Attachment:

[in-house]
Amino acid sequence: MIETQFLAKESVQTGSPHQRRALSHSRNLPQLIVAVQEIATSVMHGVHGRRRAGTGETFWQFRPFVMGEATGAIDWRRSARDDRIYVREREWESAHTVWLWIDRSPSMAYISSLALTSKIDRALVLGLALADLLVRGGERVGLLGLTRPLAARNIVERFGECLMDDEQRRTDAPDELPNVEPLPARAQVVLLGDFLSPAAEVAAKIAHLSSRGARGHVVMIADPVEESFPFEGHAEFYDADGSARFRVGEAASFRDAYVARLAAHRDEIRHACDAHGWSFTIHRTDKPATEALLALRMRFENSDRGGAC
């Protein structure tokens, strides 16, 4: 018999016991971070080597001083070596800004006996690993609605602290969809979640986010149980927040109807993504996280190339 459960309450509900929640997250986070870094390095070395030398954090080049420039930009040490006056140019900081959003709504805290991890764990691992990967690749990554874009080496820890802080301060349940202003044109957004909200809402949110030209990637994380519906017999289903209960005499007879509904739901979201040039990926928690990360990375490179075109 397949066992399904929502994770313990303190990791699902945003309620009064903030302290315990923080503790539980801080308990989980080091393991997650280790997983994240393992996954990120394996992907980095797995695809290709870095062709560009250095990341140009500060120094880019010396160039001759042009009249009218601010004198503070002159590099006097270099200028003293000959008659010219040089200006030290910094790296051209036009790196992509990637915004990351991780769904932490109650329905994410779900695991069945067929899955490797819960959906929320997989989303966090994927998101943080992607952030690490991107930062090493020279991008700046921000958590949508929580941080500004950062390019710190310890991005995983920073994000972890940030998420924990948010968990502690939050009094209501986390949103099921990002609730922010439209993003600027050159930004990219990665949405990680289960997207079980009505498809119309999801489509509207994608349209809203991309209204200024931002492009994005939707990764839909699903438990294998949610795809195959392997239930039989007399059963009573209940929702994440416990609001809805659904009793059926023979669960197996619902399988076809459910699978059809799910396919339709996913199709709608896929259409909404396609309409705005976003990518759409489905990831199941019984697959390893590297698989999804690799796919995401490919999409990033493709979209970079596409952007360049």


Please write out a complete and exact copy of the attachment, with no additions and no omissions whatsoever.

[in-house]
Amino acid sequence: MIETQFLAKESVQTGSPHQRRALSHSRNLPQLIVAVQEIATSVMHGVHGRRRAGTGETFWQFRPFVMGEATGAIDWRRSARDDRIYVREREWESAHTVWLWIDRSPSMAYISSLALTSKIDRALVLGLALADLLVRGGERVGLLGLTRPLAARNIVERFGECLMDDEQRRTDAPDELPNVEPLPARAQVVLLGDFLSPAAEVAAKIAHLSSRGARGHVVMIADPVEESFPFEGHAEFYDADGSARFRVGEAASFRDAYVARLAAHRDEIRHACDAHGWSFTIHRTDKPATEALLALRMRFENSDRGGAC
């Protein structure tokens, strides 16, 4: 018999016991971070080597001083070596800004006996690993609605602290969809979640986010149980927040109807993504996280190339 459960309450509900929640997250986070870094390095070395030398954090080049420039930009040490006056140019900081959003709504805290991890764990691992990967690749990554874009080496820890802080301060349940202003044109957004909200809402949110030209990637994380519906017999289903209960005499007879509904739901979201040039990926928690990360990375490179075109 397949066992399904929502994770313990303190990791699902945003309620009064903030302290315990923080503790539980801080308990989980080091393991997650280790997983994240393992996954990120394996992907980095797995695809290709870095062709560009250095990341140009500060120094880019010396160039001759042009009249009218601010004198503070002159590099006097270099200028003293000959008659010219040089200006030290910094790296051209036009790196992509990637915004990351991780769904932490109650329905994410779900695991069945067929899955490797819960959906929320997989989303966090994927998101943080992607952030690490991107930062090493020279991008700046921000958590949508929580941080500004950062390019710190310890991005995983920073994000972890940030998420924990948010968990502690939050009094209501986390949103099921990002609730922010439209993003600027050159930004990219990665949405990680289960997207079980009505498809119309999801489509509207994608349209809203991309209204200024931002492009994005939707990764839909699903438990294998949610795809195959392997239930039989007399059963009573209940929702994440416990609001809805659904009793059926023979669960197996619902399988076809459910699978059809799910396919339709996913199709709608896929259409909404396609309409705005976003990518759409489905990831199941019984697959390893590297698989999804690799796919995401490919999409990033493709979209970079596409952007360049």